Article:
Cruise Line Responds to Couple's Coronavirus Suit Allegations


    LOS ANGELES (CNS) - Princess Cruises today responded to a lawsuit filed by a couple who allege they contracted the coronavirus while in quarantine after a cruise aboard the Grand Princess last winter, saying the Santa Clarita-based company prioritizes the interests of guests and employees.

    Allen and Mary Stobaugh brought the suit Friday in Los Angeles Superior Court, alleging intentional battery and negligence. They're seeking unspecified compensatory and punitive damages.

    “Princess Cruises has been sensitive to the difficulties the COVID-19 outbreak has caused to our guests and crew,'' a statement released by the company reads. “Our response throughout this process has focused on the well-being of our guests and crew within the parameters dictated to us by the government agencies involved and the evolving medical understanding of this new illness. We do not comment on any pending litigation.''

    Before the Stobaughs boarded the Grand Princess in San Francisco on Feb. 21, Princess Cruises knew that a passenger on the previous trip – which had just ended in San Francisco -- had likely exposed the ship's passengers and crew members to COVID-19 and that many of the same passengers and crew would be on the plaintiffs' trip, the suit alleges.

    The ship's chief medical officer admitted that the sick passenger aboard the earlier Grand Princess cruise fell ill within two or three days after boarding, the suit states. The doctor said the passenger was treated for serious respiratory problems and reported feeling sick for six or seven days, according to the suit, which says the ill passenger was never quarantined.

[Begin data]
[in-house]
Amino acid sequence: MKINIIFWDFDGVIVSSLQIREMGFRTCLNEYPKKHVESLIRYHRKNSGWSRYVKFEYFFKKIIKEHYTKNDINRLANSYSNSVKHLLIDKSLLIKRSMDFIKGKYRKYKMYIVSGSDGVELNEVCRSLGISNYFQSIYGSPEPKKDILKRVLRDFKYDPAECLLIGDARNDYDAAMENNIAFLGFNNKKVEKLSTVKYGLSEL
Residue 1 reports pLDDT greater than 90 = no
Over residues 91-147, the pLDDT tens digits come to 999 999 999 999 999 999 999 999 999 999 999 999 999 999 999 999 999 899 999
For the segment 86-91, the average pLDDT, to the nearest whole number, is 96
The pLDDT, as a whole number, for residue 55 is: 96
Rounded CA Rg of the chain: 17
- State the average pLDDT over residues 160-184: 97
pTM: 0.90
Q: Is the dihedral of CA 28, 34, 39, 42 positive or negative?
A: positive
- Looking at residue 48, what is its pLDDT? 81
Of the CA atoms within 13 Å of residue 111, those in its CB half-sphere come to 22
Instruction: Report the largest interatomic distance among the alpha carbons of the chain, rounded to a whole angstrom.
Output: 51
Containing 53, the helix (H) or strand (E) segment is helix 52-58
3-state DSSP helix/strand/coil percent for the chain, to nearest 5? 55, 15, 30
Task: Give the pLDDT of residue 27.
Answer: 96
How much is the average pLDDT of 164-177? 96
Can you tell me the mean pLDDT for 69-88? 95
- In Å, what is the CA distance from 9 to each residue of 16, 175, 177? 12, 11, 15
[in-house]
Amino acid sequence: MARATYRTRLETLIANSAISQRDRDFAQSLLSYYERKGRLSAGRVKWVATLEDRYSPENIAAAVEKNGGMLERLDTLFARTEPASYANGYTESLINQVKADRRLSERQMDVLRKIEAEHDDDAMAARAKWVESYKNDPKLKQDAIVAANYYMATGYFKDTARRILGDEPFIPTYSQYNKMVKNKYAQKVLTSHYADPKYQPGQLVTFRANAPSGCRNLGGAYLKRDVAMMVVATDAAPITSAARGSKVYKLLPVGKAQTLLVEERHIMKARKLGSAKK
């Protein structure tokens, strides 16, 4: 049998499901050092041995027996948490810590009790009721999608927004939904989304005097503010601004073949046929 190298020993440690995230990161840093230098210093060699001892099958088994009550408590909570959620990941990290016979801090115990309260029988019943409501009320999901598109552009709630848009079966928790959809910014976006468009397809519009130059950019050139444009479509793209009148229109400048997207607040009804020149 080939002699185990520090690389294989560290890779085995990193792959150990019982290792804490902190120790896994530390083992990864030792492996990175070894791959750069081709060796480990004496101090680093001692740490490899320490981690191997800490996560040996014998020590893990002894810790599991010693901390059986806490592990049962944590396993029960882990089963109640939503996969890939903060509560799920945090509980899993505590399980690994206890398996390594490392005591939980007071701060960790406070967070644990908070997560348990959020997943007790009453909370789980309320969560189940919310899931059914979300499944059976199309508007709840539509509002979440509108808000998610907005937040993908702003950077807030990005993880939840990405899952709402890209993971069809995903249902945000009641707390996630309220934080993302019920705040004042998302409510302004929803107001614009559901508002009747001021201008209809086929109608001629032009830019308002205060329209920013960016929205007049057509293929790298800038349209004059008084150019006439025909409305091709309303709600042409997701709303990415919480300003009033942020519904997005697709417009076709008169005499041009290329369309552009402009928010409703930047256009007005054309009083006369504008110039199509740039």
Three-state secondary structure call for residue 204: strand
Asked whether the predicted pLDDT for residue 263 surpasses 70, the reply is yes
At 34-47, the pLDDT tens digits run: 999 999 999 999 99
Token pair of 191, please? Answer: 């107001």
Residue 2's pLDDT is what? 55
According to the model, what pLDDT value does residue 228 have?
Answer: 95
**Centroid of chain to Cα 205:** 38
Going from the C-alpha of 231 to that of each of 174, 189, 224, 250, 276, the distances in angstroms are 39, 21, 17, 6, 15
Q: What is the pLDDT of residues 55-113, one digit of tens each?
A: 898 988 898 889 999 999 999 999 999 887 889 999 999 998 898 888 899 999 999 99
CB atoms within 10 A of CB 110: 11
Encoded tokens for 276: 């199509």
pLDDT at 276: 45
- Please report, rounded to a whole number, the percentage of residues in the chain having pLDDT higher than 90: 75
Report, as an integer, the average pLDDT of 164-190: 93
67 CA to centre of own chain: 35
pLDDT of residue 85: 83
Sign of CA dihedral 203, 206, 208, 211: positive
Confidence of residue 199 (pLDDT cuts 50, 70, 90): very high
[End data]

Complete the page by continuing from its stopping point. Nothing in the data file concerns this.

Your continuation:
Prior to the start of the Stobaughs' two-week round-trip cruise from San Francisco to Hawaii, Princess Cruises “failed to take any safety precautions'' such as disinfecting or sanitizing the ship before the passengers bound for Hawaii came aboard, the suit alleges.

    The company also did not warn passengers that a sick passenger had been aboard the vessel on the trip that had just ended, according to the plaintiffs. But midway through the trip, passengers received a letter from the ship doctor telling them of a potential exposure to the virus and that the ship would be returning to San Francisco, their lawsuit says.

    After returning to shore, the Stobaughs say they were put on a crowded bus and one passenger later tested positive for the coronavirus.

    On March 17, about a week after the Stobaughs disembarked the Grand Princess, they were finally tested for COVID-19, according to their court papers. While awaiting test results, 77-year-old Allen Stobaugh developed COVID-19 symptoms and his 74-year-old wife tested positive the next day, although she was mostly asymptomatic, their suit says.

    Allen Stobaugh's symptoms persisted and his condition deteriorated to the point that he was put into a medically induced coma on a ventilator, according to the suit, which says he was released on April 16 after a 25-day hospital stay. The Stobaughs believe they contracted the virus while in quarantine on land.

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